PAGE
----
Sampling Meaning and Types in Research



Sampling Meaning and Types are illustrated below-

Meaning of sampling / Definition of Sampling

The process of selecting a number of individuals for a study in such a way that the individuals represent the larger group from which they were selected.
Such as, Michael is a Teacher who is interested in studying how much stress college students face during finals. He works at a college, so she is planning to send out a survey around finals time and ask some students to rank on a scale of 1 to 5 how stressed out they are.

But which students should he survey? ,or
All of the students at the college?, or
Only the students in any particular department? ,or
Only freshmen?
There are a lot of possibilities for Michael's sample. The sample of a study is simply the participants in a study.
In Michael's case, his sample will be the students who fill out his survey.

A sample is “a smaller (but hopefully representative) collection of units from a population used to determine truths about that population” (Field, 2005).

There are two types of sampling methods:

Probability sampling involves random selection, allowing you to make statistical inferences about the whole group.
Non-probability sampling involves non-random selection based on convenience or other criteria, allowing you to easily collect initial data.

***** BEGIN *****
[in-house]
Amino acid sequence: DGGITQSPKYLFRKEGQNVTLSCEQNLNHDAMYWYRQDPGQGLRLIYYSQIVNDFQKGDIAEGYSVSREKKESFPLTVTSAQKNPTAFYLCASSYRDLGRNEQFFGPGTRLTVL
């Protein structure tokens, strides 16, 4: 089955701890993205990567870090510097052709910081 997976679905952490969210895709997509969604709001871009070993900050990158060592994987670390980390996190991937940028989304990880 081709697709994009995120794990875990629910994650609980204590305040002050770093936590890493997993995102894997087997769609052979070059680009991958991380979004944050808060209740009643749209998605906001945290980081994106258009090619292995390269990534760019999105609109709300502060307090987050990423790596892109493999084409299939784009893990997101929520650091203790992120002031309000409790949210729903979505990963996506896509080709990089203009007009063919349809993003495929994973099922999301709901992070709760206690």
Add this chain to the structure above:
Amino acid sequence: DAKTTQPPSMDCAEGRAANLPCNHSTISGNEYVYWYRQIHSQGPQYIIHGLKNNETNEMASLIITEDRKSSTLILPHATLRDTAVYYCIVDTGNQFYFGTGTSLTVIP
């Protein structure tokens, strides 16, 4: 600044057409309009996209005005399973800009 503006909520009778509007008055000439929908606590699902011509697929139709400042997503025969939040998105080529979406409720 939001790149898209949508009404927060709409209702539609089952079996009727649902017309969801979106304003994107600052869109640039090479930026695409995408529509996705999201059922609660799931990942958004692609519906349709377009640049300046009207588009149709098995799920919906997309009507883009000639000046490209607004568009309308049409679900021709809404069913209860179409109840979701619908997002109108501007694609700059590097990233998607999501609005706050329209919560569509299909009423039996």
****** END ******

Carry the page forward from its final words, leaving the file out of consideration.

Probability sampling method

Probability sampling means that every member of the population has a chance of being selected. If you want to produce results that are representative of the whole population, you need to use a probability sampling technique.

There are four main types of probability sample.

1. Simple random sampling
2. Systematic sampling
3. Stratified sampling
4. Cluster sampling

1. Simple random sampling
In a simple random sample, every member of the population has an equal chance of being selected. Your sampling frame should include the whole population.

To conduct this type of sampling, you can use tools like random number generators or other techniques that are based entirely on chance.

Example
You want to select a simple random sample of 100 employees of Company X. You assign a number to every employee in the company database from 1 to 1000, and use a random number generator to select 100 numbers.

2. Systematic sampling
Systematic sampling is similar to simple random sampling, but it is usually slightly easier to conduct. Every member of the population is listed with a number, but instead of randomly generating numbers, individuals are chosen at regular intervals.

Example
All employees of the company are listed in alphabetical order. From the first 10 numbers, you randomly select a starting point: number 2. From number 2 onwards, every 3rd person on the list is selected (2, 5, 8, 11, and so on), and you end up with a sample of 100 people.